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Michael TaubeThe brutish mother of all federal elections is (mercifully) nearing its conclusion. But a few twists and turns are still possible, as the leader of the third party recently showed us.

The Tories are ahead of the Liberals in most opinion polls, albeit by a narrow margin of one to two percent. The former is sitting in the low to mid-30’s in popular support, while the latter is in the high 20’s to low 30’s. The NDP has surged into the low 20’s for the first time, with the Greens sitting around nine to 10 percent, the Bloc Quebecois up to six percent and the People’s Party of Canada between one and three percent.

It should be obvious to most readers who I’m endorsing: Andrew Scheer and the Tories. If he wins, I believe he’ll make a fine Prime Minister.

Assuming Scheer gets that chance.

The Westminster model of government that Canada uses has a small component that many people either don’t know or tend to overlook. If a majority government is beaten in an election by a party that doesn’t win a majority of seats, or is reduced to a minority with the most seats in Parliament, it has the right to stay in power and attempt to build a coalition.

If Scheer doesn’t win an outright majority on Oct. 21, Justin Trudeau’s Liberals must build a formal or working coalition with some of the other parties post haste. If they succeed and maintain the confidence of the House of Commons, he will remain PM.

This political strategy doesn’t always work. In 2017, former B.C. Liberal Premier Christy Clark was reduced to a one-seat minority government. She unsuccessfully tried to form a coalition with Andrew Weaver’s Greens, who had three seats. The Greens signed a supply agreement with John Horgan’s NDP, and defeated Clark in a motion of a non-confidence after the Throne Speech. Horgan was then asked to become the new Premier.

A similar scenario could play out with Trudeau. The major difference is there are four left-leaning federal parties: Liberals, NDP, Greens and Bloc. With enough seats between them, they could form a coalition to keep Scheer out of power.

Hold on. Trudeau’s blackface/brownface controversy either disgusted or disappointed many Canadians. One of them was federal NDP leader Jagmeet Singh, who made a heartfelt video that was more personal than political. Even though his natural political ally would be the Liberals, how could he align with Trudeau after this?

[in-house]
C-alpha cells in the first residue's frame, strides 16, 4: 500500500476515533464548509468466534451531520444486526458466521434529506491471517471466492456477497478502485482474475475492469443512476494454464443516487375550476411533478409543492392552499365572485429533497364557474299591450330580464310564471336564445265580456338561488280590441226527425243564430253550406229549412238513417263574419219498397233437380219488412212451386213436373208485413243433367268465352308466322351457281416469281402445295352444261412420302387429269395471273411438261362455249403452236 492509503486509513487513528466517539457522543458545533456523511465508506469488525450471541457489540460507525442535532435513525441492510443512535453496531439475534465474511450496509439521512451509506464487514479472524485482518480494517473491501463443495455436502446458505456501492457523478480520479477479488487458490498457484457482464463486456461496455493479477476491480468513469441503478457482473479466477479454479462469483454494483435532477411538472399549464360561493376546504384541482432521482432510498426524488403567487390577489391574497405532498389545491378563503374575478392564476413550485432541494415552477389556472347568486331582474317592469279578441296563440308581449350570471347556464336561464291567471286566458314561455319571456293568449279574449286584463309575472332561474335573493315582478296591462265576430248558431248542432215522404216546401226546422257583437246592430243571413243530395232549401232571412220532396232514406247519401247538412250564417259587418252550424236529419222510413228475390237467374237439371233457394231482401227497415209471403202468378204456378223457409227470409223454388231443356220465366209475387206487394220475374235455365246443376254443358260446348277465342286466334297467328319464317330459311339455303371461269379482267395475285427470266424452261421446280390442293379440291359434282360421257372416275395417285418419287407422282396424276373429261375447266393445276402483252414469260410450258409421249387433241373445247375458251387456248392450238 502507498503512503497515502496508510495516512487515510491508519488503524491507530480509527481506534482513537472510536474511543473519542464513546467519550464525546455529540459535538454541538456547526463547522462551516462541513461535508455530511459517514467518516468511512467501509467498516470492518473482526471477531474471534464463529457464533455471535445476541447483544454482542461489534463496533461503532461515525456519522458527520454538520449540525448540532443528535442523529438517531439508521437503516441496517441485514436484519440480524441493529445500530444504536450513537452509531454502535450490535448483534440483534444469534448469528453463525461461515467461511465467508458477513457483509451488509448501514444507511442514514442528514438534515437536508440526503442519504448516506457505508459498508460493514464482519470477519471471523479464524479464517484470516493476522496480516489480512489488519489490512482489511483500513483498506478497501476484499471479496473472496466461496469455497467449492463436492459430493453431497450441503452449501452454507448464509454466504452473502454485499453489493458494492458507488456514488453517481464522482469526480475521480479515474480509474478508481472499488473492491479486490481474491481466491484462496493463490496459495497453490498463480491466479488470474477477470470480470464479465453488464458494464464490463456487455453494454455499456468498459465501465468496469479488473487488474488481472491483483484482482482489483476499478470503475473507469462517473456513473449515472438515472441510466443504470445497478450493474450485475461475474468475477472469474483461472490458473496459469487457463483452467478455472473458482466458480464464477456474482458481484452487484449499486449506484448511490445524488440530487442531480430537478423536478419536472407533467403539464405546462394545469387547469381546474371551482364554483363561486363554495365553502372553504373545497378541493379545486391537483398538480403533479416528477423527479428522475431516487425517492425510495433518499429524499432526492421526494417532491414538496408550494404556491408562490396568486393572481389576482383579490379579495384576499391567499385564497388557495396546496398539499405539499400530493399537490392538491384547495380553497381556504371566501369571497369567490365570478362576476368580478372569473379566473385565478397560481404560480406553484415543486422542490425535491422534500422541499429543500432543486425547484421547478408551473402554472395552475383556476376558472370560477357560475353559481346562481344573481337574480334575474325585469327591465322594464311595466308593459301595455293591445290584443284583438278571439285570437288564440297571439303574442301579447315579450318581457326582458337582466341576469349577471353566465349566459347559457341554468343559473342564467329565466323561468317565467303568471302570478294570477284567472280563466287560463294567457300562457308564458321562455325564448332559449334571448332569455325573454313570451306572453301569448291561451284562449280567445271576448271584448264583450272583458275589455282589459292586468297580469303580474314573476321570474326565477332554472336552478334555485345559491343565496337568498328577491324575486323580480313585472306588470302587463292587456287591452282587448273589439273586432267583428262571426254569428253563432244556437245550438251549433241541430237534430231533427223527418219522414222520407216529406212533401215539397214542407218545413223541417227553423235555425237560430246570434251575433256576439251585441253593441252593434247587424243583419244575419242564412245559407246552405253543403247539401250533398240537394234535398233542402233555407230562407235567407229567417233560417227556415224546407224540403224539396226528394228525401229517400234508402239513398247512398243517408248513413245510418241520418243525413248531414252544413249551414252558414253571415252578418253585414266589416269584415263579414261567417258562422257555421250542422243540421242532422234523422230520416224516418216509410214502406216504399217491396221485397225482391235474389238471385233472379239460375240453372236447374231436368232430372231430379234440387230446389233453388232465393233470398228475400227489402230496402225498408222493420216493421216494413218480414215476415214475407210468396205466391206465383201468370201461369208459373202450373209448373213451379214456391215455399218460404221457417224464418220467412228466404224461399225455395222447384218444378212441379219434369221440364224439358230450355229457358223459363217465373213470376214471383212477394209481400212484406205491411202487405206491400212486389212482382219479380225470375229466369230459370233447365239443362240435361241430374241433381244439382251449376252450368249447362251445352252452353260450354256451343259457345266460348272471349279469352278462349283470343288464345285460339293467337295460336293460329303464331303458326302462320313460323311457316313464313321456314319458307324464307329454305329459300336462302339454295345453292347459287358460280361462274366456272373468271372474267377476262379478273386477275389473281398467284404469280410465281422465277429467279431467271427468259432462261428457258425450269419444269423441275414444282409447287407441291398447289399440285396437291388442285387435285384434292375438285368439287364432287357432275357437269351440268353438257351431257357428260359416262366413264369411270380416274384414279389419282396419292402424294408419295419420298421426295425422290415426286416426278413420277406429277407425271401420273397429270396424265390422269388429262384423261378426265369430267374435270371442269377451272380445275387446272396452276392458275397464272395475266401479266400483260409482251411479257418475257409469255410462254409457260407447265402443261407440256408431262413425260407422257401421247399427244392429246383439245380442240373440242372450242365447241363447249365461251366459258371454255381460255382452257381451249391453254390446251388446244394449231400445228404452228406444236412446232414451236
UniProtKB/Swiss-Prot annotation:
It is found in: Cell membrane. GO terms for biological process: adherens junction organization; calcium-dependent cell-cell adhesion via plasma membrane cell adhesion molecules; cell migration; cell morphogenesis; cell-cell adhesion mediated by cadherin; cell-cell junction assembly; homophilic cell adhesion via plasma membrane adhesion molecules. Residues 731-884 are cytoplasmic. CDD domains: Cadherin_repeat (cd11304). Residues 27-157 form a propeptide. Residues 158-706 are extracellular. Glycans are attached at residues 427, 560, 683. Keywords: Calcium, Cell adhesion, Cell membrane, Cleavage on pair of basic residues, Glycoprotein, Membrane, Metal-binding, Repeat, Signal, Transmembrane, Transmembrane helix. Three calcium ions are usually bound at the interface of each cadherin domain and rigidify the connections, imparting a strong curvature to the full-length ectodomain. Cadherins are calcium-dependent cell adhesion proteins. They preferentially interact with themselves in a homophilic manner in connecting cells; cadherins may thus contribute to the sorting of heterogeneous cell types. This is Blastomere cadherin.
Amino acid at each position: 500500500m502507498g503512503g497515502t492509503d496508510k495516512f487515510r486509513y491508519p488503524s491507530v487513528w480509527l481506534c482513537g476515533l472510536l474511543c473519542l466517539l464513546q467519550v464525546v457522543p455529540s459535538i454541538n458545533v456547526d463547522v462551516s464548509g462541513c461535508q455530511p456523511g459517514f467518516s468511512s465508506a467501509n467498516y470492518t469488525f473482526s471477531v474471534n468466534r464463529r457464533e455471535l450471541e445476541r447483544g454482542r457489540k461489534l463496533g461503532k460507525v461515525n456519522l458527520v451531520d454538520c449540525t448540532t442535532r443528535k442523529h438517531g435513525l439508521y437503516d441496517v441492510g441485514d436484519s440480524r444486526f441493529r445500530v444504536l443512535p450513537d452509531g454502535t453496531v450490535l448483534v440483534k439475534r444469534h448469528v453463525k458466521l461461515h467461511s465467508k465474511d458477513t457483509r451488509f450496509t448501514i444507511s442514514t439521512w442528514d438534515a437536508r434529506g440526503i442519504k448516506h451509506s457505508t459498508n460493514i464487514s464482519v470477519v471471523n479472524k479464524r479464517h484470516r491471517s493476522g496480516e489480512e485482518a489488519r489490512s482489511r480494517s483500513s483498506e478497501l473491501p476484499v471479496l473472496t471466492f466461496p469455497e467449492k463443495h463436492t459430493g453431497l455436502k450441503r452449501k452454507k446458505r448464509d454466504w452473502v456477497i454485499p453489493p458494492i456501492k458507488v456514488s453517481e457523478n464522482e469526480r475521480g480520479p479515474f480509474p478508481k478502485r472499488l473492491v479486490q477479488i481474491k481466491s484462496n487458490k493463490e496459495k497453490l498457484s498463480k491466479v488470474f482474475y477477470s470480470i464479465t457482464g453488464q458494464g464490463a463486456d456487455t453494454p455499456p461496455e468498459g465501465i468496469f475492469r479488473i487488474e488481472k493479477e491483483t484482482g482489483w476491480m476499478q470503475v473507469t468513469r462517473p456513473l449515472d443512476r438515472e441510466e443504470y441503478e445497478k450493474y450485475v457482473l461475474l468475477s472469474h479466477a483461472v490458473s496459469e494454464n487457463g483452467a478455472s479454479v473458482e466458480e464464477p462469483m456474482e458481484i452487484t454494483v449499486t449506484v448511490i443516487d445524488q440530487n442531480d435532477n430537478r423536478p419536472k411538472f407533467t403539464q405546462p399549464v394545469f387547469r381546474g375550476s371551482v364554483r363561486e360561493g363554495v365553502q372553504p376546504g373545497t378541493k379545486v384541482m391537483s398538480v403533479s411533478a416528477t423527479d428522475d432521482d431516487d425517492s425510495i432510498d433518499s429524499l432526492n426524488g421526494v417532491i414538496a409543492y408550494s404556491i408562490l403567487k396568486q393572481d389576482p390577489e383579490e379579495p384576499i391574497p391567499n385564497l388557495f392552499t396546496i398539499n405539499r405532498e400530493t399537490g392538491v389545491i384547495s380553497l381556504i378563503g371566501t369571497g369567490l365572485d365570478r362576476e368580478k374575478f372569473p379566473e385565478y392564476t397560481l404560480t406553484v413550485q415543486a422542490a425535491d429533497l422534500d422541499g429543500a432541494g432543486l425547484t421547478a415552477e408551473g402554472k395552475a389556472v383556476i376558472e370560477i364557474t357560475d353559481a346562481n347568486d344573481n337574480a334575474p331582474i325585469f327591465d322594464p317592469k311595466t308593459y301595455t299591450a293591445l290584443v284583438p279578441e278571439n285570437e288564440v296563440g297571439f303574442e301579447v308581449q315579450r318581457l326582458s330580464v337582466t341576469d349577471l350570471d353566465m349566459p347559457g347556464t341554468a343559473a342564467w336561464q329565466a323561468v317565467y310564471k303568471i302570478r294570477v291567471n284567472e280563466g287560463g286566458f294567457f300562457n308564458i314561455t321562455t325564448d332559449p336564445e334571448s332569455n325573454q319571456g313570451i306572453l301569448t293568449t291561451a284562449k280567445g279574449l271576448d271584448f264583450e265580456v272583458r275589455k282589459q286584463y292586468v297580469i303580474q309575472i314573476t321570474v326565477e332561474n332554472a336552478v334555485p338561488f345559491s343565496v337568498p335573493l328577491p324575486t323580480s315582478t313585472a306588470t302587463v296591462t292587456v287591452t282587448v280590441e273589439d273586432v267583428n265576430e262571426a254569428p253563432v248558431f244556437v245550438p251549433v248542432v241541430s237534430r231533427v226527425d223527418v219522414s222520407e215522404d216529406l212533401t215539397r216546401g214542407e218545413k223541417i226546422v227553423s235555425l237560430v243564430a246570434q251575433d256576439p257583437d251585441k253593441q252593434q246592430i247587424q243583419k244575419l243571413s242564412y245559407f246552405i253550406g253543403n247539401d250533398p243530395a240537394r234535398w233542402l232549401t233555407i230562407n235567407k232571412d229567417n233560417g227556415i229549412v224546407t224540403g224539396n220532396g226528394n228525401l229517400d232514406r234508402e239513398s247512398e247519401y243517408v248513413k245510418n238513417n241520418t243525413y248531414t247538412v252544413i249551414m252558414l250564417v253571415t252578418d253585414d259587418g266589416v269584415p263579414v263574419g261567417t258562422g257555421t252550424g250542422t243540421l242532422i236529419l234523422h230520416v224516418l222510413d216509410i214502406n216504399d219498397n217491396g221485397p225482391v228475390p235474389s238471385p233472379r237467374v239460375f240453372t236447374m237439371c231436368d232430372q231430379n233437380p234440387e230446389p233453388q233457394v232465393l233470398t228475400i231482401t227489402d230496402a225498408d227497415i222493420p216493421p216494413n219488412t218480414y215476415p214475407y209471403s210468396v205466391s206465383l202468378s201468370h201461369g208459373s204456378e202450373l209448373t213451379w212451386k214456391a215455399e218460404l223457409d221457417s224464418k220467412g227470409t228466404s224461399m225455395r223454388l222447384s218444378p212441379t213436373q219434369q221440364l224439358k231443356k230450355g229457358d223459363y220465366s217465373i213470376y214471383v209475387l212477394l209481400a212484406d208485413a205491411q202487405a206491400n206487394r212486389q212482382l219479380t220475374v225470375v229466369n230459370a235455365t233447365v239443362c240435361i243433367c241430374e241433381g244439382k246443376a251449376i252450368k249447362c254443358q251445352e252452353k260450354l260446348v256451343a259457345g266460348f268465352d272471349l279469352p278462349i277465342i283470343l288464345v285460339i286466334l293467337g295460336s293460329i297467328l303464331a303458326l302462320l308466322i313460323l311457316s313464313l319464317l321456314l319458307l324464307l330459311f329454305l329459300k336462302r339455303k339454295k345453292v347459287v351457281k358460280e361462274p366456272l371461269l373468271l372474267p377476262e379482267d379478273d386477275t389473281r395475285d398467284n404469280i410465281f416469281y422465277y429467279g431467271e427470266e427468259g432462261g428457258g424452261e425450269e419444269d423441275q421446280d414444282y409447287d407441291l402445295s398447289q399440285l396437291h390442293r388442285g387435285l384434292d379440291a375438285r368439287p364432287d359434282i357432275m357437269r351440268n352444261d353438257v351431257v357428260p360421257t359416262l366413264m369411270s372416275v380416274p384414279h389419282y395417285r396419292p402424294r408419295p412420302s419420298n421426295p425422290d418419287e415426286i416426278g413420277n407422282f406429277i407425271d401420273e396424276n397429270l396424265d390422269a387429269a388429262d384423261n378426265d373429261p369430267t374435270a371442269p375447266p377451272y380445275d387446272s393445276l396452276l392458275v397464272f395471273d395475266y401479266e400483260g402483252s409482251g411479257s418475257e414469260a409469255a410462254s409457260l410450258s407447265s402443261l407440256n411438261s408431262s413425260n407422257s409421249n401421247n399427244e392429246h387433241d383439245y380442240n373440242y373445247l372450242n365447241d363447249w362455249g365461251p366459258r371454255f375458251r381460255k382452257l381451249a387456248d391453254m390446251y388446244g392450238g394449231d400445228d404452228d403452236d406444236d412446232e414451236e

Well, he just might.

Asked by a reporter about working with other parties this past Sunday, he said, “Oh absolutely, because we’re not going to support a Conservative government. We’re going to fight a Conservative government, we’re gonna (sic) fight it all the way. So we’re ready to do whatever it takes.”

It’s a preposterous statement to make, especially with his party’s support increasing like, in pollster Nik Nanos’s words, a “freight train.” It could kill the NDP’s momentum, too. Unless there’s another part to this equation … and I believe there is.

Sure, Singh’s statement could be genuine. The NDP and Tories have almost nothing in common, from political ideology to economic vision. A formal coalition would be impossible, and a working coalition seems unattainable.

But the language he used tells a different story. I’ve been in this game long enough to know the door hasn’t completely closed on this option – and his public statement could be diametrically opposed to his private strategy.

The NDP leader knows he’s not going to win this election. He also knows his party is catching up to the Liberals in popular support, and they could meet in the middle before election day. This doesn’t necessarily translate into many more seats, but it could happen. He could finish a very strong third or leapfrog the Liberals and become the second-largest party.

If the latter happens, the opposition parties (including the Liberals) would have to make a coalition with the NDP to prevent Scheer from taking power. This would make Singh Canada’s first social democratic Prime Minister.

If the former happens, he could briefly reverse course and prop up Scheer as prime minister for six to 12 months. It wouldn’t be a formal or working coalition, but an informal agreement to create mutually beneficial policies. That’s how Stephen Harper essentially ran his two minority governments in 2006 and 2008 – piece by piece, and issue by issue.

For Singh, it would be the best of both worlds. He’s not “supporting” a Tory government, and the agreement allows him to keep up the “fight” for his progressive policies.

Could this strategy succeed? Absolutely.

Could this strategy backfire? Big time.

Either way, it’s another twist and turn in an election that has had far too many of them already.

Michael Taube, a Troy Media syndicated columnist and Washington Times contributor, was a speechwriter for former prime minister Stephen Harper. He holds a master’s degree in comparative politics from the London School of Economics.

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